Pensions Need Better Bankruptcy Protection

Winnipeg Free Press, February 7, 2013 | Go to article overview

Pensions Need Better Bankruptcy Protection


Last week, the Supreme Court delivered another blow to beleaguered pensioners, ruling Canadian law prioritizes bankers and hedge funds over retired people facing drastic reductions in their income.

In a 5-2 decision, the Supreme of Court of Canada rejected an Ontario Court of Appeal decision that gave an underfunded pension plan first dibs on money from assets sold during bankruptcy restructuring.

In 2009, Indalex Limited sought Companies' Creditors Arrangement Act protection. As a result, 170 of its former employees saw their pensions slashed in half.

But two years later, the Ontario court ruled the firm, which administrated the pension plan, broke its fiduciary responsibility to the pensioners. Indalex failed to keep retirees' pension plans fully funded or to give proper notice that they were going under.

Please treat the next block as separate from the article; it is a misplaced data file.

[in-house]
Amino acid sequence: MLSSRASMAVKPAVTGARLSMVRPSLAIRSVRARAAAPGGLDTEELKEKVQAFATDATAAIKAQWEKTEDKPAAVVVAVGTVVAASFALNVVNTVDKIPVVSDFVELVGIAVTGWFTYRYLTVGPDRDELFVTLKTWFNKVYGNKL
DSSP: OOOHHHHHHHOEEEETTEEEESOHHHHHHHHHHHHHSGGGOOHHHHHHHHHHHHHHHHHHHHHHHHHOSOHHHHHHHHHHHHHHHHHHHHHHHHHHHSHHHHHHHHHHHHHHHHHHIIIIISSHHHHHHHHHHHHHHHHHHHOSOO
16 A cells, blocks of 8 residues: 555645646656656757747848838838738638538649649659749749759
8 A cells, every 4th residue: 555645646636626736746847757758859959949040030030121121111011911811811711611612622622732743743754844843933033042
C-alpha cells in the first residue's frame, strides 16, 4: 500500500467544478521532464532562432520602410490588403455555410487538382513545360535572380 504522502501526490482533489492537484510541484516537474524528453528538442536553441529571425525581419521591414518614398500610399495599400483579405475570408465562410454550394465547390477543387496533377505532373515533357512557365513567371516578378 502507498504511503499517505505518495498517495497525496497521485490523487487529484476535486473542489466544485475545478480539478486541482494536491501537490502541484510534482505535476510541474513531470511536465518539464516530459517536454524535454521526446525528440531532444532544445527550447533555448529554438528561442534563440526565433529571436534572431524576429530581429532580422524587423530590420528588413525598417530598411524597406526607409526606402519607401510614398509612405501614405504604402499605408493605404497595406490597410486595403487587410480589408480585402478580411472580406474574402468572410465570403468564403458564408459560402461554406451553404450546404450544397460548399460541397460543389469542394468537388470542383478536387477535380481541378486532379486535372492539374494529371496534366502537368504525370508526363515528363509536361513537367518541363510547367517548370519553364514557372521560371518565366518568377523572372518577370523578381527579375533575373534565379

As such, the Ontario court granted the pensioners $6.75 million in assets sold during bankruptcy restructuring, which the Canadian subsidiary had planned to send to its U.S. parent company to pay back last-ditch "debtor-in-possession" loans.

In overturning the lower court's decision, the Supreme Court agreed (unanimously) Indalex breached its fiduciary responsibility to the pensioners.

Nonetheless, the highest court ruled the provincial pension law under which the Ontario court applied its ruling was overridden by the Companies' Creditors Arrangements Act, federal rules that provide a super-priority to "debtor-in-possession" financing whereby banks and hedge funds lend to distressed companies.

The Supreme Court's decision is of significant import. Over the past few years, tens of thousands of Canadian retirees have seen their pensions wiped out during bankruptcy proceedings.

In a particularly odious example, 800 retirees of Fraser Papers lost between 30 per cent and 40 per cent of their pensions when the company filed for protection under the CCAA four years ago.

The company's secured creditors, including Brookfield Asset Management, CIT Bank, CIBC and the Government of New Brunswick, were paid the $110 million owed them. …

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